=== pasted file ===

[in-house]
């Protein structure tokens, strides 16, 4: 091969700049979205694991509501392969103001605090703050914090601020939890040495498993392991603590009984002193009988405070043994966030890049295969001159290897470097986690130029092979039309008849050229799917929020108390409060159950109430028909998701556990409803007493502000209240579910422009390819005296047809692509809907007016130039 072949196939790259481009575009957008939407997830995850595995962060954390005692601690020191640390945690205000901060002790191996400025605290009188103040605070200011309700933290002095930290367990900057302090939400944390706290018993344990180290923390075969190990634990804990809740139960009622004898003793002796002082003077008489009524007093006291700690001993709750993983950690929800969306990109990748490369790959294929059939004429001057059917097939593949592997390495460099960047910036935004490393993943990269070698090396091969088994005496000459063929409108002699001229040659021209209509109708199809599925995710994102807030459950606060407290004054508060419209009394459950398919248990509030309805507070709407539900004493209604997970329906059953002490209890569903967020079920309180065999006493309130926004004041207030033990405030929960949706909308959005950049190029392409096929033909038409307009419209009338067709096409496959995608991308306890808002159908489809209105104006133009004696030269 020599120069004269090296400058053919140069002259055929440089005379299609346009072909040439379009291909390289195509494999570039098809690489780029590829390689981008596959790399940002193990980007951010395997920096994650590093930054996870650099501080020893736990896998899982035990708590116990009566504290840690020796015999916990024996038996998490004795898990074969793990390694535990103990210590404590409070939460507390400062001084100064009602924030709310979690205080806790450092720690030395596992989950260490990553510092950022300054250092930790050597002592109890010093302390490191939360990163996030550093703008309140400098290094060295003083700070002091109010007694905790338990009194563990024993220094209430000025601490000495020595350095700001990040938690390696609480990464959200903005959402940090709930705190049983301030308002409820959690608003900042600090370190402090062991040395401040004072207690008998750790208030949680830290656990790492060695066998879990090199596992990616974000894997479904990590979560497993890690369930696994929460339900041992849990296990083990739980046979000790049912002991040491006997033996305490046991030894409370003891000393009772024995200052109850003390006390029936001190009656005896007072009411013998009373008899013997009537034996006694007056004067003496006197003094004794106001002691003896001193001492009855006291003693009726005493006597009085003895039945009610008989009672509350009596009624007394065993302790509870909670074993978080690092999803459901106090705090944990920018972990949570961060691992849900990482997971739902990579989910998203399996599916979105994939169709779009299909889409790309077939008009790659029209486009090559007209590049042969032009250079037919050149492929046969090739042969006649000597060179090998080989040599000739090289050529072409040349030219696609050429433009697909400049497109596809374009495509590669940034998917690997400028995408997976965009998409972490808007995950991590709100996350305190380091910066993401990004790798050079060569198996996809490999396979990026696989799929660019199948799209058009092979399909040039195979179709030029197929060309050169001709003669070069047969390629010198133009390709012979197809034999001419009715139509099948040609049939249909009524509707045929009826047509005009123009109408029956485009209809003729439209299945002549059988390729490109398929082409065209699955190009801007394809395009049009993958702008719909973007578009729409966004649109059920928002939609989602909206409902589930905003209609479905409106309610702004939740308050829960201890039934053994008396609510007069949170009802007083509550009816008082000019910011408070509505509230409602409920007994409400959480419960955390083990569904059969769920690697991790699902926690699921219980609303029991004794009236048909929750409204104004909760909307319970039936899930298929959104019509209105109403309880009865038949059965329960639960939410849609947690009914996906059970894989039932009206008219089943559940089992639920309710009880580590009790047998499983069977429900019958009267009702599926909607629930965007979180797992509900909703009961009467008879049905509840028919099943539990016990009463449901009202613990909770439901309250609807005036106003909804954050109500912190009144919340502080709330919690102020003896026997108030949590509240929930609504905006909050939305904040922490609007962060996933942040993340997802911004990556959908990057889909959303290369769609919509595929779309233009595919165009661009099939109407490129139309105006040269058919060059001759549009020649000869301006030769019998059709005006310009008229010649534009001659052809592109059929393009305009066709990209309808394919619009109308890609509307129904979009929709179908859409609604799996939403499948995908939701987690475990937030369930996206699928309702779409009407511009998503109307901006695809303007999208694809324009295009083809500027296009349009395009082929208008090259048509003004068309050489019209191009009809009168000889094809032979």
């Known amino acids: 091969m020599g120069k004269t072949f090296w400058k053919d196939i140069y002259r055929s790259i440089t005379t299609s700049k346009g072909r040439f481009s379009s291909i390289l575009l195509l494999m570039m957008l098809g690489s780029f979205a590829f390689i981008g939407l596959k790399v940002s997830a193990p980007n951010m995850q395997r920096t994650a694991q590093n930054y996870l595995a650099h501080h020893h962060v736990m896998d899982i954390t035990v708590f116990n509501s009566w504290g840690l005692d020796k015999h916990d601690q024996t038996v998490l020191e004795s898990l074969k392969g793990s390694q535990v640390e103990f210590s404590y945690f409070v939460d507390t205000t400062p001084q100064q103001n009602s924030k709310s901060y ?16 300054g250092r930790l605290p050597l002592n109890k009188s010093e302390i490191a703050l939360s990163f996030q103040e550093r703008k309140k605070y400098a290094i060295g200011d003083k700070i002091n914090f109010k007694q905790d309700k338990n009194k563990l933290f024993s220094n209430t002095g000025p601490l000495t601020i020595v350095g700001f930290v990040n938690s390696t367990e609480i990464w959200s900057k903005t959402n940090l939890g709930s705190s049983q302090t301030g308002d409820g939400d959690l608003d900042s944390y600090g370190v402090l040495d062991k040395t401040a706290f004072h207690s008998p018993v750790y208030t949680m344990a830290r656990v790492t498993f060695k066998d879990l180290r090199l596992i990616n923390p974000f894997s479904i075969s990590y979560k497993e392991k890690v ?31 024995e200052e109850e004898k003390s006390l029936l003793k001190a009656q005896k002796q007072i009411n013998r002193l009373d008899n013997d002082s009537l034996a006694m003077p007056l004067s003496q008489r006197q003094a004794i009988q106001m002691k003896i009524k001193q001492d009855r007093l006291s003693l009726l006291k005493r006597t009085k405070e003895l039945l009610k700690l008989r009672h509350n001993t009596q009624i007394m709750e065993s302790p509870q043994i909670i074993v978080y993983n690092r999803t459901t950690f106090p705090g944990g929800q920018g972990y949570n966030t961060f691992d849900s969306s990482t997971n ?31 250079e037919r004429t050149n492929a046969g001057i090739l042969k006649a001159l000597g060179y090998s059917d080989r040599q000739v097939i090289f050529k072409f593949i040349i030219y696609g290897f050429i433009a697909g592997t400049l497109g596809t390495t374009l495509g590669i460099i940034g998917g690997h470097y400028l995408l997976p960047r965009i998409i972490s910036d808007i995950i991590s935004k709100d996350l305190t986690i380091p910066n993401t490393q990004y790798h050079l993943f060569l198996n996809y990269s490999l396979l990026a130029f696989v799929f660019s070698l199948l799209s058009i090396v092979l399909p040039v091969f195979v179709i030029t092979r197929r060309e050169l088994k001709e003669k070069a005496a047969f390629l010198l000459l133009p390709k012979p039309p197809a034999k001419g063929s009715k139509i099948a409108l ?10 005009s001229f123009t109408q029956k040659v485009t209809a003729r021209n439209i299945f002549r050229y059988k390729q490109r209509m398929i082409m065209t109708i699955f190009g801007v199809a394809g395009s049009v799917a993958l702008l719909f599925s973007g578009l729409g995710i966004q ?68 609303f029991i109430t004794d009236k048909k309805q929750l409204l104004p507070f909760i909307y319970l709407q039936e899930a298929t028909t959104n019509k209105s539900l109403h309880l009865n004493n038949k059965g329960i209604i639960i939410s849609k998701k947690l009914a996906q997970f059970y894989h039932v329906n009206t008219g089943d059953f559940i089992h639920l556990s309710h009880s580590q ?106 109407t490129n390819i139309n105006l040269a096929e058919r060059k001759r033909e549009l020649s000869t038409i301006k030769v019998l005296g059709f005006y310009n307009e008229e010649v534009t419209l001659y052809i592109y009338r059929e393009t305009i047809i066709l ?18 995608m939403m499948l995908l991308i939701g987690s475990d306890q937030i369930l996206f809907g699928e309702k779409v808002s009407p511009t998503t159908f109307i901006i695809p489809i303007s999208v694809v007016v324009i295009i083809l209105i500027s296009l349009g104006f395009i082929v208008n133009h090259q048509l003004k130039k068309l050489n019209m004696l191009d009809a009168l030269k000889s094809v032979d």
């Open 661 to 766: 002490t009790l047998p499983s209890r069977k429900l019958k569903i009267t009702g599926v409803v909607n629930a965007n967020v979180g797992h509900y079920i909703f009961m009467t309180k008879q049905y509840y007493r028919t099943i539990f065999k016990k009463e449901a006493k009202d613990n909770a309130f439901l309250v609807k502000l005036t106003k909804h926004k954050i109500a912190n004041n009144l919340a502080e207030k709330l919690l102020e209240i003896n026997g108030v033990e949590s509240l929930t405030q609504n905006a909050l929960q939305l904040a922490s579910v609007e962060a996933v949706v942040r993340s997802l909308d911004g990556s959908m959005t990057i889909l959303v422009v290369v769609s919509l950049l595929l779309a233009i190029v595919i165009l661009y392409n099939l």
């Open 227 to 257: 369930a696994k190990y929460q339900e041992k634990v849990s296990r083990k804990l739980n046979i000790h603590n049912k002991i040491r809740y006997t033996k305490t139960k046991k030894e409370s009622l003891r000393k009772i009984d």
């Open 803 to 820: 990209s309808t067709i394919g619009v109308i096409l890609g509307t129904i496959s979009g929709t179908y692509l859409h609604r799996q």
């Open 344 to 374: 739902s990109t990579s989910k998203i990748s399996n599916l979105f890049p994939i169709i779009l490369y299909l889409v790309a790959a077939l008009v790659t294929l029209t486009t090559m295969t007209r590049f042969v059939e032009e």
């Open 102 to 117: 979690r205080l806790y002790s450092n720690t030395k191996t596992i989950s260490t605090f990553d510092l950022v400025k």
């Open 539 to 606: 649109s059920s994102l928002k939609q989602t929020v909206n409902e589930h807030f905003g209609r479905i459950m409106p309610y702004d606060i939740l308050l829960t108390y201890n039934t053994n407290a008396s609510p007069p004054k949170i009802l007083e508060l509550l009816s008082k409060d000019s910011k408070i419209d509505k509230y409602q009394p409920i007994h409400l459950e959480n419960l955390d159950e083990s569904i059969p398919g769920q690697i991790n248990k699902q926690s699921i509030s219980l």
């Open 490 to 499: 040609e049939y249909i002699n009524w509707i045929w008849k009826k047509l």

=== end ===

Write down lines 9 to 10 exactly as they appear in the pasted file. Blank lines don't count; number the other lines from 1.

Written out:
């Open 539 to 606: 649109s059920s994102l928002k939609q989602t929020v909206n409902e589930h807030f905003g209609r479905i459950m409106p309610y702004d606060i939740l308050l829960t108390y201890n039934t053994n407290a008396s609510p007069p004054k949170i009802l007083e508060l509550l009816s008082k409060d000019s910011k408070i419209d509505k509230y409602q009394p409920i007994h409400l459950e959480n419960l955390d159950e083990s569904i059969p398919g769920q690697i991790n248990k699902q926690s699921i509030s219980l």
């Open 490 to 499: 040609e049939y249909i002699n009524w509707i045929w008849k009826k047509l």